What You Don’t Know Can Hurt You

The unknown can be exciting. How’s this suspense movie going to end? Or that book you haven’t been able to put down? Watching the tenth inning of game 7 of the 2016 World Series that finally saw the Cubs win their first World Series since 1908 was, to say the least, edge-of-your-seat excitement.

More often, however, facing the unknown is stressful and frustrating. For most of us, the classic example is putting your car in the hands of an unfamiliar auto mechanic. You wonder whether the problem will be minor or whether you have just committed yourself to several thousands of dollars’ worth of major work. Unless you’re knowledgeable yourself or closely related to someone who can vouch for the mechanic’s reputation, you will probably feel at the mercy of this stranger.

Wouldn’t it be great to have an expert there with you in all such real-life situations to act as a guide? Well, I don’t claim to be an expert on everything, least of all auto mechanics, but I have been in the recycling industry for going on 18 years, so I do consider myself an expert in this field. I am here to offer you some tips to help you make an informed decision when choosing a metal recycler.

And it is an important decision. Believe it or not, if your crematory performs in the neighborhood of 500 cremations annually, you should be able to generate at least $10,000 per year from the metal collected post cremation. Even if you are one of the many crematories who choose to donate these funds to charity, which is a great idea and can generate a great deal of good will in your community; you still want to be sure that you are working with a legitimate recycler so that you can maximize your donation. Ultimately, they can determine how large or small your donation will be.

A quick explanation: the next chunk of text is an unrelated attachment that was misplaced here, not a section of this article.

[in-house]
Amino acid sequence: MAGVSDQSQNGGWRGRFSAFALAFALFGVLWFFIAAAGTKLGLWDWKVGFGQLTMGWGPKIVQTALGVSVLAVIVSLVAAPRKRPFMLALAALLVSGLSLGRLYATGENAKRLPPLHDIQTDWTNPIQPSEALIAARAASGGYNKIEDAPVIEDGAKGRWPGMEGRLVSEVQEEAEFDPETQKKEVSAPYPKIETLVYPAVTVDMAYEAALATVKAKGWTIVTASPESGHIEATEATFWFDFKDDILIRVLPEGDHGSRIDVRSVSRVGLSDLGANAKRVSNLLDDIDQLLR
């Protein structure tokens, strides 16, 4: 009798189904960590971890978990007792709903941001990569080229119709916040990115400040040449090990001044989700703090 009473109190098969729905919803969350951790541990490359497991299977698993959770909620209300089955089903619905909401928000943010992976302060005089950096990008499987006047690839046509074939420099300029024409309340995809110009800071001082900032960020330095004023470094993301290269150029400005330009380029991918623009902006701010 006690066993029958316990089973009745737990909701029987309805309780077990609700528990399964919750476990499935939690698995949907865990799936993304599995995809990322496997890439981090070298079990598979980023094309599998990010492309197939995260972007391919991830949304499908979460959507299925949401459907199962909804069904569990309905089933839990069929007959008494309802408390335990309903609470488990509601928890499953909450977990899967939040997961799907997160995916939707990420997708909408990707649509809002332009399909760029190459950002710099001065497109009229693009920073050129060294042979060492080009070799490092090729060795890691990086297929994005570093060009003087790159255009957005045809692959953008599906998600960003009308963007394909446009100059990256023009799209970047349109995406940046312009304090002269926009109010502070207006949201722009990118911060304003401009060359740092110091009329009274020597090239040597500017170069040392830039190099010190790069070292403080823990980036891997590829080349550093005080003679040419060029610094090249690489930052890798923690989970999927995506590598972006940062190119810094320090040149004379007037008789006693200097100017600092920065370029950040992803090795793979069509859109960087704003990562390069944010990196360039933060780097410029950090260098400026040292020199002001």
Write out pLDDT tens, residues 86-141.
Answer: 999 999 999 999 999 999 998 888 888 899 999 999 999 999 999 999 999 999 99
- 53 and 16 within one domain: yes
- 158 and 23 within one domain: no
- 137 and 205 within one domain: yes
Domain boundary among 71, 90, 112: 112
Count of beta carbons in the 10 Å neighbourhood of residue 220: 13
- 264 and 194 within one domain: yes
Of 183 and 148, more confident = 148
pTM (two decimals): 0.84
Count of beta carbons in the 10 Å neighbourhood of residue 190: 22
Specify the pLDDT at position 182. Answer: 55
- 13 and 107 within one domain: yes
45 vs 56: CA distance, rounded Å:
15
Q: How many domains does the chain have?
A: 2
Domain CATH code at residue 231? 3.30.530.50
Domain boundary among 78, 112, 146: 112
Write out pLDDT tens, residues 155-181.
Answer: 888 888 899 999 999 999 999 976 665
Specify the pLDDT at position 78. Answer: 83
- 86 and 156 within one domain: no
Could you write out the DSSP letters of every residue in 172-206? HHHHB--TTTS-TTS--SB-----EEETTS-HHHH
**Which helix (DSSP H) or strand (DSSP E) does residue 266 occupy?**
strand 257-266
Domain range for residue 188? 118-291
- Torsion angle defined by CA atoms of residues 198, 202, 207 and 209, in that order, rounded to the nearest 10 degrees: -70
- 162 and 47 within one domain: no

The following are three tips to help in your decision making:

1. Visit the recycler’s facility and witness the process at least once.
The recycling process has a lot of moving parts, and some of it starts with you, such as having a good collection system or using a processor that separates the small metal fragments from the cremated remains for you. But once the materials leave your hands, you probably feel like you are in uncertain territory. It’s a complicated technical procedure—checking in the metal, separating the metal types, smelting, and performing the final assay. Someone can just try to explain the process to you, but nothing compares to first-hand experience. The opportunity to see all the steps as they take place will leave a lasting impression. Any potential recycler should be willing to give you that reassurance.

2. Request a sample from each lot of metal you have recycled.
The assay process is the final step in recycling your high-value metal. An assay is essentially the process of analyzing a sample from the melted metal to establish the precise elemental content. Every time your high-value metal is smelted, a sample is taken in order to perform an assay. Regardless of which recycler is handling this for you, they need to perform this step in order to complete the recycling process. Without the sample, they can only take a guess as to what the content is and thus, guesstimate the value of your metal. I’m even aware of some recyclers who pay based solely on the number of cremations performed, rather than the scientific determination of an accurate assay.